Niko Tavernise/Netflix
The cast of The Irishman. Robert De Niro and Al Pacino were digitally de-aged in the film.
Niko Tavernise/Netflix

And how can a filmmaker create such movies? By being “visionary,” a quality that’s become a marketing cliché but is still meaningful. A visionary filmmaker sees something the rest of us don’t, then chases it down and puts it on screen. Visionary filmmakers are people like Martin Scorsese and Mati Diop and Bong Joon-ho and Marielle Heller and Christopher Nolan and Jordan Peele and Kelly Reichardt and Ryan Coogler and Lulu Wang and so many more. They change how we see the world by letting us see it through their eyes.

The trouble is that visionary directors sometimes make movies that don’t appeal to a wide audience or, for whatever reason, make a lot of money. And Hollywood studios want just the opposite: as big and loyal an audience as possible for every film they release. Most of the industry believes that the way to attract big, loyal audiences is to tell stories that viewers already know they’re interested in (because they liked the previous movie, or the book, or whatever), starring actors with whom they’re already familiar. Hollywood believes in the big swing — but not, in the end, in taking risks.

So the primary goal for the industry’s decision-makers is to mitigate risk as much as possible. And that’s why the partnership between Cinelytic and Warner Bros. makes sense — but it’s also why I’m worried it sets a troubling precedent for the future.

Algorithms will likely only reinforce the assumptions Hollywood already makes

Anyone who’s been alive in the last couple of decades knows that technology in general has a weird way of creeping into places where it didn’t previously exist. Twitter is a space to post random nonsense, but suddenly becomes an avenue for politicians to make official announcements and pronouncements. Your iPhone is just a thing for making calls and playing games, before suddenly it becomes the thing with which you manage your dating life (among countless other things). And what’s especially disturbing is that the data used by predictive technologies like the one Cinelytic is selling will almost certainly be skewed.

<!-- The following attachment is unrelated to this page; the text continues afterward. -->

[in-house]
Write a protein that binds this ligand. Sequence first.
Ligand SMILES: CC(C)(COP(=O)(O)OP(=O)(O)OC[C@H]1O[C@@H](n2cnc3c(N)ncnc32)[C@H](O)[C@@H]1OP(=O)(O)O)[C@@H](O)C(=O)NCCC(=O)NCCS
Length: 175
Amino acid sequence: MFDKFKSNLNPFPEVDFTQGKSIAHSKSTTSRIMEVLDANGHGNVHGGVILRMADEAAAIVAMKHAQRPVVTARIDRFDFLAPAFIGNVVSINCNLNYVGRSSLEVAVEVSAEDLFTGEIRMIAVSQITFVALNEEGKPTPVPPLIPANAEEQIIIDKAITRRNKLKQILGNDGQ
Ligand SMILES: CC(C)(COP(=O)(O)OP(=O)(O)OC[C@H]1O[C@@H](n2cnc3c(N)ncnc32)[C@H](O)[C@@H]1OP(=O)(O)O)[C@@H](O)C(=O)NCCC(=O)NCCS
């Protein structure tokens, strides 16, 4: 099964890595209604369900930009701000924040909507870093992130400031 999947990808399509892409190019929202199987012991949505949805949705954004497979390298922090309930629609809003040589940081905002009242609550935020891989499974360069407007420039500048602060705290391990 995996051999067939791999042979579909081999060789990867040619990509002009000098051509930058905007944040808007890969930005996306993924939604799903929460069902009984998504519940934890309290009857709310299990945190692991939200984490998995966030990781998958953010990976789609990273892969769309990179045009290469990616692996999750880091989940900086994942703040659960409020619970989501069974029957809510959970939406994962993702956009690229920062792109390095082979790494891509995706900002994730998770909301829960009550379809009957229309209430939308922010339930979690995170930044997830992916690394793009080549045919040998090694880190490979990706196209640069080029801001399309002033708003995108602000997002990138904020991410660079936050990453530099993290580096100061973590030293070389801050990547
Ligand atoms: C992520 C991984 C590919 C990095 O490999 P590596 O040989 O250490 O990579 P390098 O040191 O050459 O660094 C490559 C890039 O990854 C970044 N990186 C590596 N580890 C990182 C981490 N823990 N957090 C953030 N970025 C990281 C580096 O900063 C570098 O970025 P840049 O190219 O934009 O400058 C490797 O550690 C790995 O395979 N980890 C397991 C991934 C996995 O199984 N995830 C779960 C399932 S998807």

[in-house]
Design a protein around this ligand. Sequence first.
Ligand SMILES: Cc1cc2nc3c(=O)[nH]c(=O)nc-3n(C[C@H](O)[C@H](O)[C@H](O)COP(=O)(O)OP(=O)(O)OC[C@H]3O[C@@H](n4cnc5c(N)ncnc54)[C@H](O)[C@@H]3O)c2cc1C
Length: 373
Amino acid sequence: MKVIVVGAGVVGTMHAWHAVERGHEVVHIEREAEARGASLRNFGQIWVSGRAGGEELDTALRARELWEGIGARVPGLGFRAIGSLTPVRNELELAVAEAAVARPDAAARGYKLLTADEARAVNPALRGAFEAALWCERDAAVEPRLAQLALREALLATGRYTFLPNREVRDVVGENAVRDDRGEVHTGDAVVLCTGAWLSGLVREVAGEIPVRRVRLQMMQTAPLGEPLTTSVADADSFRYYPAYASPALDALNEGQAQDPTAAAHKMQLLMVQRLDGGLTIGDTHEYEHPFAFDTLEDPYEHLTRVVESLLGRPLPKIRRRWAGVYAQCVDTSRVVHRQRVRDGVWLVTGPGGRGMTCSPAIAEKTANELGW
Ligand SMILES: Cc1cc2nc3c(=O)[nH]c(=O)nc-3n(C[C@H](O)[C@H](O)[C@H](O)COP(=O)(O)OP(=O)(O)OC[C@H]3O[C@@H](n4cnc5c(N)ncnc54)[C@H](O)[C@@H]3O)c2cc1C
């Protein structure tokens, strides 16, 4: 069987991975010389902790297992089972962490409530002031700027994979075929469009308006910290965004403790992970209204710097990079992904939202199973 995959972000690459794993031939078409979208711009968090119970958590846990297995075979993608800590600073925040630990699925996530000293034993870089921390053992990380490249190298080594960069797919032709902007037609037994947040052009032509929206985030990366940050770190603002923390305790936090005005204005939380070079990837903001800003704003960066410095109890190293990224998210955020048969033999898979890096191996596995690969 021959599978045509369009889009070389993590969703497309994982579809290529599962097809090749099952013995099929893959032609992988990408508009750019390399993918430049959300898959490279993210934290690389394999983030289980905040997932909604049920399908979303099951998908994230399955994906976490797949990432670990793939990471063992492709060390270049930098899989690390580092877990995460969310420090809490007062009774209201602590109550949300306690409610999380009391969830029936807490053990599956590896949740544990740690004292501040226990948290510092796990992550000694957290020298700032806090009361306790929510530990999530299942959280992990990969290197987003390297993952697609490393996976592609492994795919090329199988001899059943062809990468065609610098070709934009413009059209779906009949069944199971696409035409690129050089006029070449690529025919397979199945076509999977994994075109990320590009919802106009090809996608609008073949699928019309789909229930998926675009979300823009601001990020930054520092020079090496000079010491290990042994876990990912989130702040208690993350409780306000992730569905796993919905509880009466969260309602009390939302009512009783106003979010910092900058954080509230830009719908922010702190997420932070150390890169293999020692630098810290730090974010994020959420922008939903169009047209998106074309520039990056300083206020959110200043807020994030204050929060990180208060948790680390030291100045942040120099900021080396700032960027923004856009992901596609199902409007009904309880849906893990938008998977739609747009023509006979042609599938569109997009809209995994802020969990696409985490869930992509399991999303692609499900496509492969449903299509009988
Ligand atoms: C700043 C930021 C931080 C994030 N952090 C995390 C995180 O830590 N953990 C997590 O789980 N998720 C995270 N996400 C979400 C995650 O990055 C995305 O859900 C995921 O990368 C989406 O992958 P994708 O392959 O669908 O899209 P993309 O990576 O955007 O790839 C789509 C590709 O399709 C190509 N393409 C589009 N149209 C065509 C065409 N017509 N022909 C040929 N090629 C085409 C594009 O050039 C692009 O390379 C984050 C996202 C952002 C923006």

Why? Because algorithms that make predictions need data from the past on which to model those predictions. And in the case of the movies, the data they’ll be using is influenced by the biases of Hollywood executives, who have long hewn to a hopelessly outmoded set of beliefs about what people want to see (and, by extension, what they’ll pay for). These are the same groups of people who say they’re shocked when movies like Get Out and Black Panther do well in both North America and abroad, because they’ve long subscribed to the myth that “black films don’t travel.” Who are surprised when a film like Wonder Woman breaks records. Who continue to harbor bizarre ideas about women directors. And who have long made decisions based on those presumptions.

You could argue that technologies like those from Cinelytic — a handful of which have made their way into Hollywood’s decision-making process in recent years — may actually help counteract these outmoded ideas by spotting patterns that executives’ biases allow them to overlook. But the historic exclusion of people of color and women from filmmaking and lead roles, particularly in big-budget genres like action and franchise films, will make it tricky for algorithms to avoid simply reinforcing those old habits. And if it’s the computer that spits out biased, exclusionary results, nobody’s to blame, right?

But that’s not even the biggest issue. What’s most worrying to me is how these technologies are essentially designed to strip out some of the “visionary” from the filmmaking process in favor of “safe,” lucrative choices.

That’s a strategy the formerly innovative leader Disney has already shown itself more than eager to adopt of late, favoring safe nostalgia over daring creativity. And the studio has been richly rewarded for it. Seven of the 10 top-grossing movies in 2019, both domestic and worldwide, came from Disney; an eighth, Spider-Man: Far from Home, was a Disney co-production (by way of Marvel Studios).